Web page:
Attention Deficit Hyperactivity Disorder(ADHD) is the most commonly diagnosed mental disorder of children and can continue into adulthood. Children with ADHD may be hyperactive and unable control their impulses, or they may have trouble paying attention. These behaviors interfere with school and home life.

It’s more common in boys than in girls. Usually, ADHD discovered during the early school years, when a child begins to have problems paying attention.


ADHD is not caused by poor parenting, too much sugar, or vaccines. ADHD has biological origins that aren’t yet clearly understood. No single cause has been identified, but researchers are exploring a number of possible genetic and environmental links. Studies have shown that many individuals with ADHD have a close relative who also has the disorder.

Although experts are unsure whether this is a cause of the disorder, they have found that certain areas of the brain are about 5% to 10% smaller in size and activity in individuals with ADHD. Chemical changes in the brain also have been found.

Research also links smoking during pregnancy to later ADHD in an individual. Other risk factors may include premature delivery, very low birth weight, and injuries to the brain at birth. Some studies have even suggested a link between excessive early television watching and future attention problems.  One of the difficulties in diagnosing ADHD is that it’s often found along with other problems. These are called coexisting conditions, and about two-thirds of individuals with ADHD have one. The most common coexisting conditions are:

  • Oppositional Defiant Disorder (ODD) and Conduct Disorder (CD)
  • Mood Disorders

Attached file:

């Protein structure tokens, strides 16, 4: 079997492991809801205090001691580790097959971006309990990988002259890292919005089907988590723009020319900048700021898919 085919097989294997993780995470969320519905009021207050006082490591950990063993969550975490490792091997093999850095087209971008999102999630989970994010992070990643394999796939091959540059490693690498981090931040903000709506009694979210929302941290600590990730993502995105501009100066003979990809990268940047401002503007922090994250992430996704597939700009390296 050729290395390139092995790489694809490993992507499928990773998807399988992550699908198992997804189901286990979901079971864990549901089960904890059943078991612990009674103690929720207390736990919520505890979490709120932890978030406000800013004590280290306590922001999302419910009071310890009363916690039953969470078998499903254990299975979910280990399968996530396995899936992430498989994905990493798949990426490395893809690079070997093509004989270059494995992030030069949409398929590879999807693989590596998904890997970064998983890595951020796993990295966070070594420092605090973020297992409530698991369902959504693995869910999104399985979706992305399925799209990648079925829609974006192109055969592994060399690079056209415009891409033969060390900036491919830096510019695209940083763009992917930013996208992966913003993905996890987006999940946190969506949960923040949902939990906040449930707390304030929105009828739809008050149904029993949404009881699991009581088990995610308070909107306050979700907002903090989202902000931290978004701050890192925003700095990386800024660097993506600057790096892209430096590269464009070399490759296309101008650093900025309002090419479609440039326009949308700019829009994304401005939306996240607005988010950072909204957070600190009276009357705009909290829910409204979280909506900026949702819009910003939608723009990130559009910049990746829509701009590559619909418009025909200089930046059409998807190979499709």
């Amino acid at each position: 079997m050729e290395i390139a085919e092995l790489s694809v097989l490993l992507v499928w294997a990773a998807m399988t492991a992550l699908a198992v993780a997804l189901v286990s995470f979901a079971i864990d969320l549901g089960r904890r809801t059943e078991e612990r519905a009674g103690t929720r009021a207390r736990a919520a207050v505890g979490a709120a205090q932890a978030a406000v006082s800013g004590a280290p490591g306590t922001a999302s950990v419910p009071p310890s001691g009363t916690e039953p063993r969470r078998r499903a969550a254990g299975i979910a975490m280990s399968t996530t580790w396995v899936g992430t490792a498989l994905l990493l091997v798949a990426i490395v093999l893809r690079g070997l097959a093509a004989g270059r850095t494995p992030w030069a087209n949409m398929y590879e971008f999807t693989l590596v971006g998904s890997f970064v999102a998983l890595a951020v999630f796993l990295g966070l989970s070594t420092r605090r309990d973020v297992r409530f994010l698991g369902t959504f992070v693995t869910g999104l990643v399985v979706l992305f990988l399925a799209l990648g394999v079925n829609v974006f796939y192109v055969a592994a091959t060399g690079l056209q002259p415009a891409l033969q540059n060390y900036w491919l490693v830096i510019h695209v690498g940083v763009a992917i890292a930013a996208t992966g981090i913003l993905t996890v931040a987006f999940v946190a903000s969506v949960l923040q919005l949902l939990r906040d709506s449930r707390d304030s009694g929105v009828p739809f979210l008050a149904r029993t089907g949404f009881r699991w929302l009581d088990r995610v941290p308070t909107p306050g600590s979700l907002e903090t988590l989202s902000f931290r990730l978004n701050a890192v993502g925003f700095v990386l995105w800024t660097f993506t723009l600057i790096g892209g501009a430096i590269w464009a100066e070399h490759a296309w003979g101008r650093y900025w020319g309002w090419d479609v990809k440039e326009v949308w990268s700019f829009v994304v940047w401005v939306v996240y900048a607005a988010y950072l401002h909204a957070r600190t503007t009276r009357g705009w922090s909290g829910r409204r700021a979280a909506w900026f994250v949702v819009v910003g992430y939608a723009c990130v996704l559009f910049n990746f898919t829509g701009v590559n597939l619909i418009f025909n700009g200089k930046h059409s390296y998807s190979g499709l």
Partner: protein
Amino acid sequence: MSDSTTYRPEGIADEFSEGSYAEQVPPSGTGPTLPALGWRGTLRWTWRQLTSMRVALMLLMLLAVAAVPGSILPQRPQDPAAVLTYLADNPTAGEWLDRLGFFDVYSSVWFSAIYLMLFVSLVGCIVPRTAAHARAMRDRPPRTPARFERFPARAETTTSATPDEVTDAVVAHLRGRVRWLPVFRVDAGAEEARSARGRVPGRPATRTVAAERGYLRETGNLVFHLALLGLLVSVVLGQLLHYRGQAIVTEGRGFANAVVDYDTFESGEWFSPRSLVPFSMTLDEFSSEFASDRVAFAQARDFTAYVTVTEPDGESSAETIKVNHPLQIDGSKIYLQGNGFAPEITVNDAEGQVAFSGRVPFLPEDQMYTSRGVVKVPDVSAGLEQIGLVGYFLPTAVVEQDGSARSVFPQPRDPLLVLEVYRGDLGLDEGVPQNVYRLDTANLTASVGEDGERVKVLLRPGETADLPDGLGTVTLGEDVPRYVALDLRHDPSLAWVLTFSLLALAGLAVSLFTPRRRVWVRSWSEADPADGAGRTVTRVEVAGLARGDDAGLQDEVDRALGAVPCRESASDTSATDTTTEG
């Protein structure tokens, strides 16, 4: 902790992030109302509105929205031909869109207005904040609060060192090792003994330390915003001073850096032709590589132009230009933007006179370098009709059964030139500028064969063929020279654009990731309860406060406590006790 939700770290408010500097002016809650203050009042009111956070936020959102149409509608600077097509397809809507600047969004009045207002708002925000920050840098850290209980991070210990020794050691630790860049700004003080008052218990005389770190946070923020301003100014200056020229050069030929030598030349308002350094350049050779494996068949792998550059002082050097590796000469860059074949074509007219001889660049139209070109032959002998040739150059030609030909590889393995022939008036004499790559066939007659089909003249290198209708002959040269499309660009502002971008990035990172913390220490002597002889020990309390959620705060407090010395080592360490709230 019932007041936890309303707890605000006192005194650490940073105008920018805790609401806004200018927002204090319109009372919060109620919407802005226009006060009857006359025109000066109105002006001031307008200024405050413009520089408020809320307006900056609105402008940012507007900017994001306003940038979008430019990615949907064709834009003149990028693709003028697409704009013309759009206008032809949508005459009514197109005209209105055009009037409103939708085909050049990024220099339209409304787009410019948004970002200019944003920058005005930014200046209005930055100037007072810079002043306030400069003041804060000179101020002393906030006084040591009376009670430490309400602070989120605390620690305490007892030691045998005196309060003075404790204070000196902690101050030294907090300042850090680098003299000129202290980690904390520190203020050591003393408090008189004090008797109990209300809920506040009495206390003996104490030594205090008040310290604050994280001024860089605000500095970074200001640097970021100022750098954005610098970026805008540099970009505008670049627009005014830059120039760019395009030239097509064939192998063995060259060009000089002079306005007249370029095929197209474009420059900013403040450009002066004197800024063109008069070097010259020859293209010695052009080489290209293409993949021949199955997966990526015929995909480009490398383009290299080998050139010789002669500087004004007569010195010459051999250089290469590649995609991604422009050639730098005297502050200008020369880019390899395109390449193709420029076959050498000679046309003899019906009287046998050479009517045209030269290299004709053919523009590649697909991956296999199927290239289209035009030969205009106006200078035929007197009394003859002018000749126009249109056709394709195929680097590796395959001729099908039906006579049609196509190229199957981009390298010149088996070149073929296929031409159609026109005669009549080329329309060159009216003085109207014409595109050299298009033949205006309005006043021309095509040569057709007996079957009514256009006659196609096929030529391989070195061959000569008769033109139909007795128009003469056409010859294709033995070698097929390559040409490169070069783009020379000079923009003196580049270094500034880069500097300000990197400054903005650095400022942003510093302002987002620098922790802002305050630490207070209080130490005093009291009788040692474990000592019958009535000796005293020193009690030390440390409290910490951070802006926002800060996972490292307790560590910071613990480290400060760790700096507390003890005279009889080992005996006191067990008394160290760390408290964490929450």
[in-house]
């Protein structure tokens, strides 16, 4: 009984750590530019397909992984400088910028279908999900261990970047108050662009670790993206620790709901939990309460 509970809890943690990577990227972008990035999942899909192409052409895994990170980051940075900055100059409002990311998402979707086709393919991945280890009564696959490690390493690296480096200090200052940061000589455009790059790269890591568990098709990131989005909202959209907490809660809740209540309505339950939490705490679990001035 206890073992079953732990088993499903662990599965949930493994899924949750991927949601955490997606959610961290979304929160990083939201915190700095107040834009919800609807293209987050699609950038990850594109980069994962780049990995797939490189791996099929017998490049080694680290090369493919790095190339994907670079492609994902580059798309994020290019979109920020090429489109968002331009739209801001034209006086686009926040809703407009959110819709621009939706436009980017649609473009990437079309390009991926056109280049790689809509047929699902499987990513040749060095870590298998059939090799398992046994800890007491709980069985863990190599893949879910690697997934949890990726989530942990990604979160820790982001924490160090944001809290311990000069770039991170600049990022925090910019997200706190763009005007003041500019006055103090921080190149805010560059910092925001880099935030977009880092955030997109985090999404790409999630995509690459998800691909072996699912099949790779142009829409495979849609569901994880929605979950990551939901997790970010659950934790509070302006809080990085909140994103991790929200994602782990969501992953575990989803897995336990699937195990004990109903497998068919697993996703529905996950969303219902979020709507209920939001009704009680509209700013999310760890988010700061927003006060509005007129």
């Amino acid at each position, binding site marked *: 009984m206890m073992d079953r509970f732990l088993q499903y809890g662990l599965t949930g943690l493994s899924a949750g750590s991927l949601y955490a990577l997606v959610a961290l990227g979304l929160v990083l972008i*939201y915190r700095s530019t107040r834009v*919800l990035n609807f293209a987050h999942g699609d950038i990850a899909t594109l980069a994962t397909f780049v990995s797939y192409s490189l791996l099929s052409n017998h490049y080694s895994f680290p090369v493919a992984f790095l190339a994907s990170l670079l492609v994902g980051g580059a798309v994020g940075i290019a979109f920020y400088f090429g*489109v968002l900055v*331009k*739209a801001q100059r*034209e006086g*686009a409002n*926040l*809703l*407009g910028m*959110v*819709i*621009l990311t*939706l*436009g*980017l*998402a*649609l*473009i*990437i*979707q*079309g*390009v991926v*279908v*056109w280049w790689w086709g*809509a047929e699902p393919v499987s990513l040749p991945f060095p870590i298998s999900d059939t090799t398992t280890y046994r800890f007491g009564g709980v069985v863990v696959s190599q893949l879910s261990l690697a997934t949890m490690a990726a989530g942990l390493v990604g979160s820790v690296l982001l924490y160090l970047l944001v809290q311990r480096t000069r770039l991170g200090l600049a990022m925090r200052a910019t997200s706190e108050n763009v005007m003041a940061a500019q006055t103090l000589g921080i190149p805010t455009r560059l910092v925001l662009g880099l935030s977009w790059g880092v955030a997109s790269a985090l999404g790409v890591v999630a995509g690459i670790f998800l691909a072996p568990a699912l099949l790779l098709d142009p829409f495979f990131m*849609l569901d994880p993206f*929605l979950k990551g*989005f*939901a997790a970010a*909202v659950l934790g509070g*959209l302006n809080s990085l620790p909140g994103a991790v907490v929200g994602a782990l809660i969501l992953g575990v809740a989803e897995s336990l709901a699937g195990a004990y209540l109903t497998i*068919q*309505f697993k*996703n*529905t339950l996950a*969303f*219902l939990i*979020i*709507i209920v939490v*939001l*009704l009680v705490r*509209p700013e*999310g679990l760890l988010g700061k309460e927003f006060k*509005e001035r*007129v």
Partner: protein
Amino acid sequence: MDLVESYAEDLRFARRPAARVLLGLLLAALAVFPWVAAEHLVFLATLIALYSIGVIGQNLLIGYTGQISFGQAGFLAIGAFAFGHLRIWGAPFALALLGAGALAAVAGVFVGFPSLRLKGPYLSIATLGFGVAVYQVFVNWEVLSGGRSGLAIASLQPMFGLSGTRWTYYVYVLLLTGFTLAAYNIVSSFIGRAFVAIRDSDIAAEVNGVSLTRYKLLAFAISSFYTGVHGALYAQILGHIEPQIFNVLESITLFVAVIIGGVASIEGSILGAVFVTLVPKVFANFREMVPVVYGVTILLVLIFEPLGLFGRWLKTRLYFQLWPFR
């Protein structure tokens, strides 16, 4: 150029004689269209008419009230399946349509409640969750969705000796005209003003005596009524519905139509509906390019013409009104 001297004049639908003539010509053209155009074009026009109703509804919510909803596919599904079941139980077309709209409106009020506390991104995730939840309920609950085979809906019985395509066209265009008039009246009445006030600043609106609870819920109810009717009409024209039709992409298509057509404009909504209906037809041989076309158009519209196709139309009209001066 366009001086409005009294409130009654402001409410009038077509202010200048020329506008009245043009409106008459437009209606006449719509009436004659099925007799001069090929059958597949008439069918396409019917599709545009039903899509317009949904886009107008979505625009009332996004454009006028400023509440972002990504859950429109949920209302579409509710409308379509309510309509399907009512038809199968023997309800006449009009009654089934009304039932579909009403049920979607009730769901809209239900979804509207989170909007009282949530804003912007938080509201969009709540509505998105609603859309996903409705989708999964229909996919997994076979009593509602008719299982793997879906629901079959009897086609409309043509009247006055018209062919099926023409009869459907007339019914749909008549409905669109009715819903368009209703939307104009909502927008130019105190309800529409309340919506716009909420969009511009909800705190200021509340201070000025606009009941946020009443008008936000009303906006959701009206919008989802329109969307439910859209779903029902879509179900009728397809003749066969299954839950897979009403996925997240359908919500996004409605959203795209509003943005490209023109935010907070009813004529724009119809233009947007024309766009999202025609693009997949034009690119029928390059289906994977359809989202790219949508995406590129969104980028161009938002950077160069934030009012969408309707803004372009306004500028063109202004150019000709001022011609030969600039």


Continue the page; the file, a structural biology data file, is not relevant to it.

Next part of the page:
• Anxiety Disorders
  • Learning Disabilities
Assessment- baby blocks


Many individuals diagnosed with ADHD are evaluated and treated by primary care doctors, including pediatricians and family practitioners, but may be referred to specialists like psychiatrists, psychologists, or neurologists. These specialists can help if the diagnosis is in doubt, or if there are other concerns, such as Tourette syndrome, a learning disability, anxiety, or depression.


  1. Inattentive type, with signs that include:
    • Trouble paying attention to details or a tendency to make careless errors in schoolwork or other activities
    • Difficulty staying focused on tasks or play activities
    • Apparent listening problems
    • Difficulty following instructions
    • Problems with organization
    • Avoidance or dislike of tasks that require mental effort
    • Tendency to lose things like toys, notebooks, or homework
    • Distractibility
    • Forgetfulness in daily activities
  2. Hyperactive-impulsive type, with signs that include:
    • Fidgeting or squirming
    • Difficulty remaining seated
    • Excessive running or climbing
    • Difficulty playing quietly
    • Always seeming to be “on the go”
    • Excessive talking
    • Blurting out answers before hearing the full question
    • Difficulty waiting for a turn or in line
    • Problems with interrupting or intruding
  3. Combined type, a combination of the other two type, is the most common

Although it can be challenging to raise kids with ADHD, it’s important to remember they aren’t ‘bad,’ ‘acting out,’ or ‘being difficult on purpose.’


The goal is to help your child learn to control his or her own behavior and to help families create an atmosphere in which this is most likely to happen.
In most cases, ADHD is best treated with a combination of medicine and behavior therapy. When ADHD is comorbid with Autism or a related disorder, Applied Behavior Analysis intervention sessions can also be a good treatment. Any good treatment plan will include close follow-up and monitoring.